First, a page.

The Ohio State University researchers claim that constant stress causes an immune response that deteriorates memory. The study, published in The Journal of Neuroscience, debunks the idea that stress leads to brain damage that leads to memory loss.

The study supports previous research that presented the relationship between chronic stress and persistent anxiety but this is the first one to show the connection between short-term memory and prolonged stress. Apparently, stress triggers an immune response in the brain that results to inflammation, as evidenced by the presence of the immune cells called macrophages, eventually resulting to memory loss.

The study involved observing the stress responses of the mice when the researchers placed a larger “alpha” mouse with them. The research team said that the mice forgot the maze’s escape holes which they already mastered beforehand after the larger mouse’s repeated visits.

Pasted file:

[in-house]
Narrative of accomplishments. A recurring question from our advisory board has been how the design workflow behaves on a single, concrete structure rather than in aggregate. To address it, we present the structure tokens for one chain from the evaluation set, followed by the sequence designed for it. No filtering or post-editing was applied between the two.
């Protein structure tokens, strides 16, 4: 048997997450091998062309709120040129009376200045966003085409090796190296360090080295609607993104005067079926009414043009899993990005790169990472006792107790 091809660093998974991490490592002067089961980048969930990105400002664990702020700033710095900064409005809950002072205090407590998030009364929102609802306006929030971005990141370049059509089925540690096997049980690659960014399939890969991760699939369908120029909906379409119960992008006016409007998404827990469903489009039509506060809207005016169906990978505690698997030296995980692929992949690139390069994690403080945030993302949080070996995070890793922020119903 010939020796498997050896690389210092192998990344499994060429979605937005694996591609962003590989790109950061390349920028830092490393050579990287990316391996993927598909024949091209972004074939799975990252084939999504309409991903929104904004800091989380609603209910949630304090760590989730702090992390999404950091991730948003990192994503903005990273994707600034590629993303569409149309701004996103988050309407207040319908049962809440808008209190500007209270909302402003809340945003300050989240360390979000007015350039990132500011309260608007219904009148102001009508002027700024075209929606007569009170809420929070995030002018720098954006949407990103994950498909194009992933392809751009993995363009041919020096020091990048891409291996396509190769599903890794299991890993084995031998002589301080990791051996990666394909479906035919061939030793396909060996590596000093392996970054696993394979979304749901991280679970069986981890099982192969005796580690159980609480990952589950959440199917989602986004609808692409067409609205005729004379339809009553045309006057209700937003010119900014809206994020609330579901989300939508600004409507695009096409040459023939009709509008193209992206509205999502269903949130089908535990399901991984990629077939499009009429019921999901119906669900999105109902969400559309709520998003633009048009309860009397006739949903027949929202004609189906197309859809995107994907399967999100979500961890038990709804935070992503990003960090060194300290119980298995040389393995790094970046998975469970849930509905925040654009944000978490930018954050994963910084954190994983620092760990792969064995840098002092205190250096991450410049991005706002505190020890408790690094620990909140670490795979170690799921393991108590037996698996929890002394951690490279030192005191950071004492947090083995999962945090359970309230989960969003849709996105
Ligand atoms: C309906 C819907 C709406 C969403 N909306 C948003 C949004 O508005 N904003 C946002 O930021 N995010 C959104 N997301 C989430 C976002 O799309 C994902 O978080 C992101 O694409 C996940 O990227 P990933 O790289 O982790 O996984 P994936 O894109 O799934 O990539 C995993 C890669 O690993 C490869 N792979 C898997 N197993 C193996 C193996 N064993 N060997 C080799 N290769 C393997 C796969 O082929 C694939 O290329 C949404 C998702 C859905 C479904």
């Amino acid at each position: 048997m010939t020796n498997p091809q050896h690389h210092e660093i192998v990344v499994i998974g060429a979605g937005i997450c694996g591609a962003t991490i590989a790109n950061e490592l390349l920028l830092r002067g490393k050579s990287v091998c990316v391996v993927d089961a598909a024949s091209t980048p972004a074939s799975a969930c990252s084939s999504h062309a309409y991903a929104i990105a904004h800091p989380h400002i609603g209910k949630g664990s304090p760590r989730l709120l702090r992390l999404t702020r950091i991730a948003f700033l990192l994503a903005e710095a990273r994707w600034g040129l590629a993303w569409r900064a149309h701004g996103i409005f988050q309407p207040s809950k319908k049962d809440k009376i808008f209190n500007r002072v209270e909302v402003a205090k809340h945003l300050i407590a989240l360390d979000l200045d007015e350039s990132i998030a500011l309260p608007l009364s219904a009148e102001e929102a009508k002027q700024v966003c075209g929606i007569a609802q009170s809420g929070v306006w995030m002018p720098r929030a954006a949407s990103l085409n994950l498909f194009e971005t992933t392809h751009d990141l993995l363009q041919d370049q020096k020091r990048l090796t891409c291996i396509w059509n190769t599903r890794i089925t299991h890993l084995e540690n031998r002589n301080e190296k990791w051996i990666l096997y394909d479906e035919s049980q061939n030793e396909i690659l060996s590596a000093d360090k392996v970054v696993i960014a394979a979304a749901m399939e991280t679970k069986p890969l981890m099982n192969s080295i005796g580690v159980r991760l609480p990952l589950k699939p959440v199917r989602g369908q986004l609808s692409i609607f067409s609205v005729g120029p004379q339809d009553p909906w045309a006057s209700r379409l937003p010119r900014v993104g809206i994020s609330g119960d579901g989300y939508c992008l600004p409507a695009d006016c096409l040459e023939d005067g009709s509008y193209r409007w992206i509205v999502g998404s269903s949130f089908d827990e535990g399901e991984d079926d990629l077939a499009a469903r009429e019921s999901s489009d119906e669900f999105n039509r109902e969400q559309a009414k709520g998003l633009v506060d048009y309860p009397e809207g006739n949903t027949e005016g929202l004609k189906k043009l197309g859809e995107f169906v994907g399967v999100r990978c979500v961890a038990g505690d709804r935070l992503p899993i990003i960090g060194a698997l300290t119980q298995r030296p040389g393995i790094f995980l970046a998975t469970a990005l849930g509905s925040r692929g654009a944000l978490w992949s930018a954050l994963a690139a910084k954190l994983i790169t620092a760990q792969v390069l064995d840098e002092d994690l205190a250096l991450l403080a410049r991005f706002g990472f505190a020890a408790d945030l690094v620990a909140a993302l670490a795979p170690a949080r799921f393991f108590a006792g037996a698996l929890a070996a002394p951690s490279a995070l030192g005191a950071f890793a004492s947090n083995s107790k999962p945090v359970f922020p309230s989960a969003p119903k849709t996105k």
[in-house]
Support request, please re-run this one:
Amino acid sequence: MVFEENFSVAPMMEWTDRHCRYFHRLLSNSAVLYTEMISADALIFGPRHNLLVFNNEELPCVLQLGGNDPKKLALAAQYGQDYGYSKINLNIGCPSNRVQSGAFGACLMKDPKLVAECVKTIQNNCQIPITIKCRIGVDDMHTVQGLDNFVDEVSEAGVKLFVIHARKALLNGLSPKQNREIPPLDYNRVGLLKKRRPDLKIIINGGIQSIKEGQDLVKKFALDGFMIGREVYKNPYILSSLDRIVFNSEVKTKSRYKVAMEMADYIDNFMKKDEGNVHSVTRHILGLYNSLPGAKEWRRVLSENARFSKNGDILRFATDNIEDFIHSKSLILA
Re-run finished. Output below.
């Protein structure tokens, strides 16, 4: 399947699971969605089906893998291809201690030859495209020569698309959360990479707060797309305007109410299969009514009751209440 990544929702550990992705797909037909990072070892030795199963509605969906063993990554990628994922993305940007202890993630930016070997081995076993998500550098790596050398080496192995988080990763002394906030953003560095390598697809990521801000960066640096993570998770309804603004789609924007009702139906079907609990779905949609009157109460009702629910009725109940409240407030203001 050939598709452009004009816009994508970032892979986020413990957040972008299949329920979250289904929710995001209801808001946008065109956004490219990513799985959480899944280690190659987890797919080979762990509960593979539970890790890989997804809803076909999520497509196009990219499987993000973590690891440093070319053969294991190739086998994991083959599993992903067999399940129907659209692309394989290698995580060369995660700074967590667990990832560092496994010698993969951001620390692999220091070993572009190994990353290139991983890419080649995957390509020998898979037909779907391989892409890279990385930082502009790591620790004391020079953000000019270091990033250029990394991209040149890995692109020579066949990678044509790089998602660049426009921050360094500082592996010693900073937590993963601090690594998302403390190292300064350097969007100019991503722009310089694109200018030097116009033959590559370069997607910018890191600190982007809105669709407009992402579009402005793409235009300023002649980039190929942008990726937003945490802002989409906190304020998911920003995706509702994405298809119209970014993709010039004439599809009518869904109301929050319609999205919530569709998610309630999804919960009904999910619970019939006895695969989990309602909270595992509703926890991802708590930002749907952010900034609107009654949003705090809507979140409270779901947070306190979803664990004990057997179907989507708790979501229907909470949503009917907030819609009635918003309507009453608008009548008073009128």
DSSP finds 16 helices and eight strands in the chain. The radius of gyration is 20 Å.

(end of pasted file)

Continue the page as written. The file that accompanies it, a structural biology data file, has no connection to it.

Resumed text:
However, those who did not undergo this stressful situation still remembered the holes’ locations. Apart from that, the researchers observed that the mice became more distant and depressed after four weeks.

“Stress releases immune cells from the bone marrow and those cells can traffic to brain areas associated with neuronal activation in response to stress,” says John Sheridan, associate director of Ohio State’s Institute for Behavioral Medicine Research Sheridan. “They’re being called to the brain, to the center of memory.”

The researchers noted that the animals’ spatial memory problems went away within 28 days. When they administered the mice with a chemical that stopped inflammation, other brain changes and depressive symptoms did not disappear.

Nevertheless, this chemical made the memory loss and the macrophages go away. This convinced the researchers that post-stress memory problems are associated with inflammation, a discovery that could open immune-based treatments.

Jonathan Godbout, an associate professor of neuroscience at the Ohio State, says that this would be especially helpful to those who have suffered memory problems due to the stress of bullying, like soldiers, employees or students.